Think about what you could do to reduce the chance you might be causing harm in this way.
6. Micromanaging others
Nobody likes being micromanaged. Having a boss who stands over you, checking and changing every minor detail of a project is demotivating. It can lead to a drop in morale and hurt productivity — which can lead to staff turnover. To stop micromanaging, get better at delegating using CPORT, set clear expectations and ask your staff how they like to be managed. Treat people like grown ups and they will usually respond in the same way – you can read more about this in our blog about transactional analysis.
7. Breaking promises
From making ‘loose’ promises about career and salary progression when hiring someone, to breaking promises about getting back to people knowing that your workload makes it unlikely – the classic over-promising and under-delivering syndrome – means people won’t trust or respect you. One manager said, “It’s only when I received direct feedback from a number of people that I was known as not trustworthy that I cleaned up my act. It has taken me years to rebuild people’s confidence.” If that’s you, make “under promise and over deliver” your mantra instead.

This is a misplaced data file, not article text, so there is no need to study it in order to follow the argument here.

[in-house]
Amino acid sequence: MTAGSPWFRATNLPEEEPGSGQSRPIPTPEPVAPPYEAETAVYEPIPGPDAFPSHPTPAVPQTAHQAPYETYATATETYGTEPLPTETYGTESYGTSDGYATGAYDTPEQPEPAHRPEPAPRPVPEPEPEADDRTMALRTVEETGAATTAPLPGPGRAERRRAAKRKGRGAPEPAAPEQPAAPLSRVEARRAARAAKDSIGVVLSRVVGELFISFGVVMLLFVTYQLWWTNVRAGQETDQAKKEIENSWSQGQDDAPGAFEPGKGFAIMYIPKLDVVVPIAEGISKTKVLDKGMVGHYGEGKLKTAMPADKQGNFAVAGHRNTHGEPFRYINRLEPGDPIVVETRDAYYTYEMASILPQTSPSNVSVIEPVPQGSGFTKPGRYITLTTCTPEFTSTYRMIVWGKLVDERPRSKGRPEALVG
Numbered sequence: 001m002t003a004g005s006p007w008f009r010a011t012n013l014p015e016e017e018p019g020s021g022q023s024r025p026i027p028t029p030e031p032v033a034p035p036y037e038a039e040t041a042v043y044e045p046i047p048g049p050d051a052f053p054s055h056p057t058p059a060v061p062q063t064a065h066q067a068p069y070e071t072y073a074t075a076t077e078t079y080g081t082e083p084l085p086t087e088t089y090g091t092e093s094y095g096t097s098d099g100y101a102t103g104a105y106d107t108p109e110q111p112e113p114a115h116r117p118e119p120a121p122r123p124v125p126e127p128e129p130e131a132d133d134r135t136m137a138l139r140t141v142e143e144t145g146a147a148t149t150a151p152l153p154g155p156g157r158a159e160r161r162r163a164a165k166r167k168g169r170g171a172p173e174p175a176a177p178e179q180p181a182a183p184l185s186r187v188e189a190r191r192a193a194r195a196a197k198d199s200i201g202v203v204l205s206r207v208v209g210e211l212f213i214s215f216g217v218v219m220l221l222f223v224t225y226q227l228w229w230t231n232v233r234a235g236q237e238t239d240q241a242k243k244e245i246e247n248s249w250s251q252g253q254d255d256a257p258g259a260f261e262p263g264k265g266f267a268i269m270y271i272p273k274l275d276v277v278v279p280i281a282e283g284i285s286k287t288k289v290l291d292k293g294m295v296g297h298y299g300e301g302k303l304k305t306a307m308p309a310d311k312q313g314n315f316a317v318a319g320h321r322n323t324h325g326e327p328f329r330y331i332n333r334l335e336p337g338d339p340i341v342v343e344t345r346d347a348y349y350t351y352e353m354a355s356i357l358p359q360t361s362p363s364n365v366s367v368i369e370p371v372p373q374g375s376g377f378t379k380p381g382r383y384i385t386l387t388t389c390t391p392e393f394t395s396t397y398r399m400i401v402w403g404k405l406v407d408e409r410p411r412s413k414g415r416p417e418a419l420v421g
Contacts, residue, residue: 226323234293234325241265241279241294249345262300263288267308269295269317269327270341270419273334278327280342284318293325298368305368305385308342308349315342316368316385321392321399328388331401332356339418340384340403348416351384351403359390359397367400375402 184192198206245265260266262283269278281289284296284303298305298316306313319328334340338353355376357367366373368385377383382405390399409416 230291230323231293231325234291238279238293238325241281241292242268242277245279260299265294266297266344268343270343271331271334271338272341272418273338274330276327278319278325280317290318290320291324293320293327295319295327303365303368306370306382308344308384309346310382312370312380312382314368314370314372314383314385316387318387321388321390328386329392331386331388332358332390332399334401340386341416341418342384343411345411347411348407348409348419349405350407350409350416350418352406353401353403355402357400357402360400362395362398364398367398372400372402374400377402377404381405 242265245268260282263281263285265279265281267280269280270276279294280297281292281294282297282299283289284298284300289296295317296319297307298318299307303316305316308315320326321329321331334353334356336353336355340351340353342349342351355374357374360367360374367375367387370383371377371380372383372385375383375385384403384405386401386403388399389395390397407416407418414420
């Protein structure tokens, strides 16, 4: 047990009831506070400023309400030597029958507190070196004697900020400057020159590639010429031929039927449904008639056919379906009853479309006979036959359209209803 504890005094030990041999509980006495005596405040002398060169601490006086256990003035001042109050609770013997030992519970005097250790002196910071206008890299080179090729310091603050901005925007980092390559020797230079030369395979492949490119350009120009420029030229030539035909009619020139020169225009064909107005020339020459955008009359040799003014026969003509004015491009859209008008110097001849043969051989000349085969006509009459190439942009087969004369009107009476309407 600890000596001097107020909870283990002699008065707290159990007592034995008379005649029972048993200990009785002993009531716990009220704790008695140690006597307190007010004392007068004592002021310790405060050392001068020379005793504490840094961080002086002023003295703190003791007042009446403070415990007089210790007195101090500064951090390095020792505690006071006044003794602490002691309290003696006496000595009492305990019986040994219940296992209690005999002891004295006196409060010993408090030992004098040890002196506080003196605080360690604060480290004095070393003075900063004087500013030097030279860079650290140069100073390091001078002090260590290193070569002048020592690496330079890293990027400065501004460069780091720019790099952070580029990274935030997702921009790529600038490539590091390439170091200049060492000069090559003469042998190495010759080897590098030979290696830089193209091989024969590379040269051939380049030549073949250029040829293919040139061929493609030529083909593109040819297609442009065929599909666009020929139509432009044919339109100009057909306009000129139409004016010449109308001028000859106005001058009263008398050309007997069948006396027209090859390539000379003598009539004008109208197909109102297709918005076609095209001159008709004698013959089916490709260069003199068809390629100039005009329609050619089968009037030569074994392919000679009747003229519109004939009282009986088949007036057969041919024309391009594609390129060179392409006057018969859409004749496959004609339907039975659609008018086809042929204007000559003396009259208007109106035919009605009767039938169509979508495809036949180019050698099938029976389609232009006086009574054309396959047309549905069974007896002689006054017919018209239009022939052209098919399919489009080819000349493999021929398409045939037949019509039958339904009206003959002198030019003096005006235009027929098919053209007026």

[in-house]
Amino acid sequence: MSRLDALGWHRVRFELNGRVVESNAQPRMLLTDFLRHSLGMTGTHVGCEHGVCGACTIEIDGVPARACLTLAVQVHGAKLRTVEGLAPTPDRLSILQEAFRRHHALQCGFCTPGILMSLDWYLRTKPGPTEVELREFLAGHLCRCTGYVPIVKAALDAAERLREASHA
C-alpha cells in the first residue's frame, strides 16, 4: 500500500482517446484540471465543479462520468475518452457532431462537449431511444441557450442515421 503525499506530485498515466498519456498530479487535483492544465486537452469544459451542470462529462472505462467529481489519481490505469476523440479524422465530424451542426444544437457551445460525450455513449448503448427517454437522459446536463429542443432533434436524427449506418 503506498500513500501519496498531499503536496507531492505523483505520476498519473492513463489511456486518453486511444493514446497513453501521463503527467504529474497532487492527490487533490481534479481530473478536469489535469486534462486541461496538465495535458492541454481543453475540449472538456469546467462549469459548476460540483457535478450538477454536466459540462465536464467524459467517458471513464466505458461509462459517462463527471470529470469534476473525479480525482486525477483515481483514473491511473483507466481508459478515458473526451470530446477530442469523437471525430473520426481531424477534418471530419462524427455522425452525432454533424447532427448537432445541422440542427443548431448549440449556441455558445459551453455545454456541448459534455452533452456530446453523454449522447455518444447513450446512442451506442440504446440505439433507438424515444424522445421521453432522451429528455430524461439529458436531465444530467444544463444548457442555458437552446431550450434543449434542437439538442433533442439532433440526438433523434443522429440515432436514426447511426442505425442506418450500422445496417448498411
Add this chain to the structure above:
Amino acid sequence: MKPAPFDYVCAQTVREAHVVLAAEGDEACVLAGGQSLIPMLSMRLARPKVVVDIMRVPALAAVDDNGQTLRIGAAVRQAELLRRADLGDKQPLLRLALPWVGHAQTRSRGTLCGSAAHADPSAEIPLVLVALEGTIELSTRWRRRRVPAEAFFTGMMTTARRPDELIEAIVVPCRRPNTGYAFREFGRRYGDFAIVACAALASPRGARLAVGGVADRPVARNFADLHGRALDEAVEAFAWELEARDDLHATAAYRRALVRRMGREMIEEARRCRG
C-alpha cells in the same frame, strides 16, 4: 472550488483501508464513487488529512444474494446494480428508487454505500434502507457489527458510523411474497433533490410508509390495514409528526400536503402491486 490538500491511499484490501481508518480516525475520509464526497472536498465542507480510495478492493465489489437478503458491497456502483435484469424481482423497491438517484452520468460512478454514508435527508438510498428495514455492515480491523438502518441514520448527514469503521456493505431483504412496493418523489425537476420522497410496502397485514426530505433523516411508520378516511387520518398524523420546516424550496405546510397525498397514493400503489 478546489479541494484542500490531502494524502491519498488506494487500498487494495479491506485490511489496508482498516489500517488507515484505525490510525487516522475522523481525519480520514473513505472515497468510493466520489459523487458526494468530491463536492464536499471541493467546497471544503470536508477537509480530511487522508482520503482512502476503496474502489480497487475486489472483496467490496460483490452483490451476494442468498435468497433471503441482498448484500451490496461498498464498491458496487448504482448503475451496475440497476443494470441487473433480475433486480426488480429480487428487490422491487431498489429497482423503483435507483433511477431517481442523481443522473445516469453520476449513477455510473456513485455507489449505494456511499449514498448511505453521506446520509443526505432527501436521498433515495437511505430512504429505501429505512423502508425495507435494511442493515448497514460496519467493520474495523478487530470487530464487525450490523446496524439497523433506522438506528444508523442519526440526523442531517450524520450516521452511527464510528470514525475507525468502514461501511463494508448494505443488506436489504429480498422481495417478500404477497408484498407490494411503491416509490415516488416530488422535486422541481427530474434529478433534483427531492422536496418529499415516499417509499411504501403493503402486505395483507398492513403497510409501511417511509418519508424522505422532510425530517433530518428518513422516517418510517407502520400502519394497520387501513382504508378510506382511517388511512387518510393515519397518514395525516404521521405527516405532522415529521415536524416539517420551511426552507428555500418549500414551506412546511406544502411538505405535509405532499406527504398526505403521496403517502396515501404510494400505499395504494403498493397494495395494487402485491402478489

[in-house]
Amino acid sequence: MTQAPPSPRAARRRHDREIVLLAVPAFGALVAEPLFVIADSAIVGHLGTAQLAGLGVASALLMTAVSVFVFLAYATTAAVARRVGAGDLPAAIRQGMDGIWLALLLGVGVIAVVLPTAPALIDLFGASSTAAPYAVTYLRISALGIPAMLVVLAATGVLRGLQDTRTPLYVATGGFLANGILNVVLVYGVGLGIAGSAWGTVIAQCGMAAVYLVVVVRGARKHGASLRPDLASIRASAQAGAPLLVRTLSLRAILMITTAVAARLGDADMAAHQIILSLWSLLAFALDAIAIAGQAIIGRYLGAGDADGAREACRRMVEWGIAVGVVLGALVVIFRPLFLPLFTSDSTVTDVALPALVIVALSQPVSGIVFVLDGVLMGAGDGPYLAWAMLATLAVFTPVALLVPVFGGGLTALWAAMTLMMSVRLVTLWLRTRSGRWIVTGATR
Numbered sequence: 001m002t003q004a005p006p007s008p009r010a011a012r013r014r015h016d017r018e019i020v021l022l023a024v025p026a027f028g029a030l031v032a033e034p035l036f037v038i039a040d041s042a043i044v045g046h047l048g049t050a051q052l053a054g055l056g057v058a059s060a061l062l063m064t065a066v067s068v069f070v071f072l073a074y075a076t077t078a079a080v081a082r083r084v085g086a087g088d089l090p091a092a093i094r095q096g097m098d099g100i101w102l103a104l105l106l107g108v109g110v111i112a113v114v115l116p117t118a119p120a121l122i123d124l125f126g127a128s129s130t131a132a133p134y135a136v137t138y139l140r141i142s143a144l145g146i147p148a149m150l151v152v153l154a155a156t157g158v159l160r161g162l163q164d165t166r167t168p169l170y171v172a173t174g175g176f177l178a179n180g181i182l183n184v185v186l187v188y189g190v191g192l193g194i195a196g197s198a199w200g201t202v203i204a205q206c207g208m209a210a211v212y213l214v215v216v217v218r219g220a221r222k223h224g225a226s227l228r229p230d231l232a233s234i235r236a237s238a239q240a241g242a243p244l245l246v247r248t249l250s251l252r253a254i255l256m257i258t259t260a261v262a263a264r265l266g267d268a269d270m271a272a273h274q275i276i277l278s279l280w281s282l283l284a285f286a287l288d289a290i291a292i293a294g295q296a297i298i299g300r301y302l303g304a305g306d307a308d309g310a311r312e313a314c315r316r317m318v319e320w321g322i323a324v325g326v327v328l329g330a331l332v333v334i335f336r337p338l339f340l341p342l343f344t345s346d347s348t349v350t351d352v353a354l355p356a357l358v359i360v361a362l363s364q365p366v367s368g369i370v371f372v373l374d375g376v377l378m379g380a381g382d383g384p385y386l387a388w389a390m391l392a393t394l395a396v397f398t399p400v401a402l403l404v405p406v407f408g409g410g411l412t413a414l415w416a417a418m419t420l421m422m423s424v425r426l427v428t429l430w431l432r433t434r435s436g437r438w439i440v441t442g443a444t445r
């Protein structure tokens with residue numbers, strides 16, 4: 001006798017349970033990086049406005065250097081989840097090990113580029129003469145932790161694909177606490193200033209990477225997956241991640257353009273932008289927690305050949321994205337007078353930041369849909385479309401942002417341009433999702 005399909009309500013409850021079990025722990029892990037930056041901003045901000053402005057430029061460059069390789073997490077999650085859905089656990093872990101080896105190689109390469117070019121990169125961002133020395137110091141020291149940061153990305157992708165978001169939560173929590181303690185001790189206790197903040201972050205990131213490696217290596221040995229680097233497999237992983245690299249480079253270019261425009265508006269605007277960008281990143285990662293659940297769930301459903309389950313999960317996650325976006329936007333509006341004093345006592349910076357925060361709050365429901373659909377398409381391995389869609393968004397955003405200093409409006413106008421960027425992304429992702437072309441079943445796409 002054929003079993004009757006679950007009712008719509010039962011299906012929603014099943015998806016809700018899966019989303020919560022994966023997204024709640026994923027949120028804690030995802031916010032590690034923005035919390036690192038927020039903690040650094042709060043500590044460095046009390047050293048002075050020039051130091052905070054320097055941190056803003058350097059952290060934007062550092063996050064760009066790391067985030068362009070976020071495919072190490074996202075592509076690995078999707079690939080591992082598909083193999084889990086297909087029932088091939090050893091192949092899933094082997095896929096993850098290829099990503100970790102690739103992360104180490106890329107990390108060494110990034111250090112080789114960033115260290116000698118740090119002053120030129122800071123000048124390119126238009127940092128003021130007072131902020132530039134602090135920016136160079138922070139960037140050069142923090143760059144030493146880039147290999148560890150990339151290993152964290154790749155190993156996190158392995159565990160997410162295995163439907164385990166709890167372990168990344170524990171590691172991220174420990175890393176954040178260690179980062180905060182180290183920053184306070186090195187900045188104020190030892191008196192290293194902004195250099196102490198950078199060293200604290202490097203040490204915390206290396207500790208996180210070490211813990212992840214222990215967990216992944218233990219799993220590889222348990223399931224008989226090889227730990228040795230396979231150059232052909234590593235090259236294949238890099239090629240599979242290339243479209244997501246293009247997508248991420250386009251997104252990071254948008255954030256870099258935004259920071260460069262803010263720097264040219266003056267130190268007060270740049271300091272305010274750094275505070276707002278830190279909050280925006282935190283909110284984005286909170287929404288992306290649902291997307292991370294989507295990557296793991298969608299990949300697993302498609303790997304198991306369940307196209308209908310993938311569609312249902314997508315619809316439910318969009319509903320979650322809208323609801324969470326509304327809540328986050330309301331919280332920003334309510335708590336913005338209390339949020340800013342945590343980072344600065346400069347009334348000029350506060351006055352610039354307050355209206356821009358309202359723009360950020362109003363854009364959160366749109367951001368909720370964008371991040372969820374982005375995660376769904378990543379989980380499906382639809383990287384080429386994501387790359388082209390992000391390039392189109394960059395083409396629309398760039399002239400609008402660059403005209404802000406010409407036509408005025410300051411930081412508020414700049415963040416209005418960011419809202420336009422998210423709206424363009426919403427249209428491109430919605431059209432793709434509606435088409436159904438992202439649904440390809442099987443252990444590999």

The thing about hidden weaknesses and blind spots like these is that they can become a huge barrier to success, but by their very nature we are not sufficiently aware of them. Others may see them, but they either assume you already know about it or choose not to tell you.
If you want to grow as a manager and a leader you need to recognize that self-awareness leads to better performance and better relationships with others. It might not always be weaknesses, you might have strengths you weren’t aware of too.
Listening and asking for feedback are two ways to shine a light on blind spots. Photo by Parabol on Unsplash
Here’s how to find your blind spots so you can work on them:
• Ask for feedback – formally or informally